Think about it. Marketpath lets you create any type of new page in minutes: new product pages, promotional offers, event pages, news, resources pages, project galleries, and more. Now days, online success is all about content marketing - and we’ll let you easily create the content and calls-to-action your business needs to enhance customer engagement, increase credibility and create leads. In short- we’ll make your website and online marketing easy.
Keep an eye out for our next installment to see how Marketpath lets you easily manage your website’s on-page SEO.
Are you starting to outgrown your current web content management system or blogging platform? Migrating your website or blog to a new content management system can be an intimidating task, depending on how much content your current site has. But no matter what the reason for the move (capability, cost, support, etc.), there are a few steps that you should ensure are handled carefully while performing the migration. First things first:
Get Your Content
Whether this means getting into a database and downloading all of the previous content or posts, or copying the content manually, don’t shut the old site down until you have a copy of everything that you’ve done in the past.
Grab Your Old Sitemap
You may be building a website from scratch, so a lot of these pages might not be getting transferred to the new system. That’s okay, this step will make sense, I promise.
Set up New Pages/Posts
Within the new content management system, build out your website like its being built from scratch. When naming pages, consider the SEO value of each page name (be descriptive, but to the point). Copy the old blog posts into the new system and take note of how the URL is generated. (www.URL.com/blog/blog-post-title)
Set Up Redirects
This is probably the most important, and often times painstaking piece of migrating to a new CMS. Each blog post from the old system should be set up as a redirect to the new URL. For instance, if your old blog created URLs like this: blog.URL.com/blog-post-title, but the new CMS creates them like this: www.URL.com/blog/blog-post-title, then you want to make sure you redirect the old URL to the new URL as to not lose any link value. URLs from the old site (you grabbed that old sitemap, right?) should be setup as redirects to new, corresponding pages on the new site.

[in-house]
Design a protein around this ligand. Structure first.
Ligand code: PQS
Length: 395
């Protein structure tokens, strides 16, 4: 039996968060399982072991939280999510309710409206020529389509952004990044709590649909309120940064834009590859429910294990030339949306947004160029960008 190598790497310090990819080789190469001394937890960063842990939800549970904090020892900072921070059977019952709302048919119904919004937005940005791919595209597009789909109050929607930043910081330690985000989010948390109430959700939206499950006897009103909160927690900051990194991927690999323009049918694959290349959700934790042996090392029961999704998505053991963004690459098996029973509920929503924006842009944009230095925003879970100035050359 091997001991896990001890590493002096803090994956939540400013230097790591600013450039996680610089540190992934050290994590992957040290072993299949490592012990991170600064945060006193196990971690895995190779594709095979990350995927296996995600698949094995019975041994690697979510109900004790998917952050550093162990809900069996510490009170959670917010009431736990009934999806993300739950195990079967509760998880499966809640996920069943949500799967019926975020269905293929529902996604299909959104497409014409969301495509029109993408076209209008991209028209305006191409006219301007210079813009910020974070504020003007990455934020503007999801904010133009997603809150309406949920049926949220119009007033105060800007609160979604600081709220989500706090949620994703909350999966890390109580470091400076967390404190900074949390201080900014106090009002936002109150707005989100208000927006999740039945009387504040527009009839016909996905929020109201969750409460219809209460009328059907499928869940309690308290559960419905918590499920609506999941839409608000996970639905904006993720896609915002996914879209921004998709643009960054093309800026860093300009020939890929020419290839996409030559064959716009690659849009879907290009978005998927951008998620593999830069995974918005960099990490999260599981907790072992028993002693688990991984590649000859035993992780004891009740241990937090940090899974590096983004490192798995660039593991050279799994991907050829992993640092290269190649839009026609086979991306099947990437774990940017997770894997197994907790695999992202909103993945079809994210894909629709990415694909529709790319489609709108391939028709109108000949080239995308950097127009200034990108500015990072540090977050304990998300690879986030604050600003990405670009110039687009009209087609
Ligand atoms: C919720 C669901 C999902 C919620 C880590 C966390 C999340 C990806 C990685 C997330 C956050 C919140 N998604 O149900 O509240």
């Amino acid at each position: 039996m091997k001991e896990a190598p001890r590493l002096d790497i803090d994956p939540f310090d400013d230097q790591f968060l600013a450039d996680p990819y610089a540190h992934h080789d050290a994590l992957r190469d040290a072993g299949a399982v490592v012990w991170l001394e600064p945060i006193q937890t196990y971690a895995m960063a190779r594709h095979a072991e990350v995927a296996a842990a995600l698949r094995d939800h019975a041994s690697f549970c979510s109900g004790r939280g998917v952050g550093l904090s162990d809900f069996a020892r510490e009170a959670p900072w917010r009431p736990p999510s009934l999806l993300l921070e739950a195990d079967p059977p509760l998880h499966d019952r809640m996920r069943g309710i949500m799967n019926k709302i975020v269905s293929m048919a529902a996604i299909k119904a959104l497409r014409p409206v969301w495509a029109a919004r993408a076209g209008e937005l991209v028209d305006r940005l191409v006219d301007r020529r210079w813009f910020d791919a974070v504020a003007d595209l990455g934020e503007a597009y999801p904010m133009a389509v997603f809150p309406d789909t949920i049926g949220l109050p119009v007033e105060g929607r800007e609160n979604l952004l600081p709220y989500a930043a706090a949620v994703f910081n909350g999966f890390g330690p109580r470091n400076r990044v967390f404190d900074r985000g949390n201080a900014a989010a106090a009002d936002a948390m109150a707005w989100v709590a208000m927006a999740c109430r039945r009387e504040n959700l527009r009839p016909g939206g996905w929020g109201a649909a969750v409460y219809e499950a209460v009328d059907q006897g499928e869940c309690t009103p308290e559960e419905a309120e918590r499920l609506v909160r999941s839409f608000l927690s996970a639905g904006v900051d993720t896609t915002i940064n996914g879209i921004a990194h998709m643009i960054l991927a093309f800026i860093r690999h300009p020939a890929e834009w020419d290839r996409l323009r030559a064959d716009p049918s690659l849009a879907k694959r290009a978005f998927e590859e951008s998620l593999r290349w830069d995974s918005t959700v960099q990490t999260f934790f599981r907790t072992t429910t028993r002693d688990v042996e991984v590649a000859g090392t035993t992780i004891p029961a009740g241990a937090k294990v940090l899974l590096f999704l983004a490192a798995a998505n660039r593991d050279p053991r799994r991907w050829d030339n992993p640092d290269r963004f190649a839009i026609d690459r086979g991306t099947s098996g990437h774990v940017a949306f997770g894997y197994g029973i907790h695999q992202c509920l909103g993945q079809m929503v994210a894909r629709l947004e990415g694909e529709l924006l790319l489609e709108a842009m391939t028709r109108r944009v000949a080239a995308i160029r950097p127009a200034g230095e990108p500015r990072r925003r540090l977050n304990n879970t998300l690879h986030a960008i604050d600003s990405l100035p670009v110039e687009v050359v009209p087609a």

Migrating systems can be a daunting task. Have a plan before moving forward with any content migration to make sure each detail is preserved, and a whole bunch of 404’s aren’t created in the process.
Search engine optimization, for many, can be an extremely daunting and intimidating task. Many of our own clients struggle with the very basics when we are building their sites, which is why we help them out in the beginning. In an effort to help SEO newbies and first-time website owners, I am prescribing the minimum effective dose for SEO. For anyone not familiar, the minimum effective dose can essentially be defined as the minimum amount of dosage or activity (i.e. change) needed to produce the desired effect. This term is often used in the world of exercise science or pharmacology, but I think that it applies to the world of search engine optimization as well. Here are three "easier-to-accomplish", but very important tasks that will help the foundations of SEO for any site.
Create an XML Sitemap
This is the easiest task that I can suggest. Simply put, a sitemap is a list of all the pages on your website that allows users and search engine robots alike to see the “map of your site”. An XML sitemap is preferred by Google and actually allows you to assign importance for specific pages within your website. Here is a hint, the homepage should be a 1.0 (the most important). If you are utilizing an open-source content management system, you can probably find a widget that will create an XML sitemap for you…just beware of what you’re installing (like any widget). Other content management systems, like Marketpath CMS, automatically create a sitemap for you, so chances are, you’ve already accomplished this step. Nice Work!
Optimizing the Homepage Title Tag
Arguably the most important piece of on-site architecture, other than great content to support it, your site’s homepage title tag is your first chance to tell users, and Google, the topic of your website. Implementing your keyword strategy here should be priority number one. Do some keyword research and make sure that the first words in your homepage’s title tag are the most important for your business, not your company’s name. Also, don’t exceed 65-69 characters (spaces included), as Google will begin to truncate the listing at this point. For more information on creating a great title tag, download our free SEO guidebook.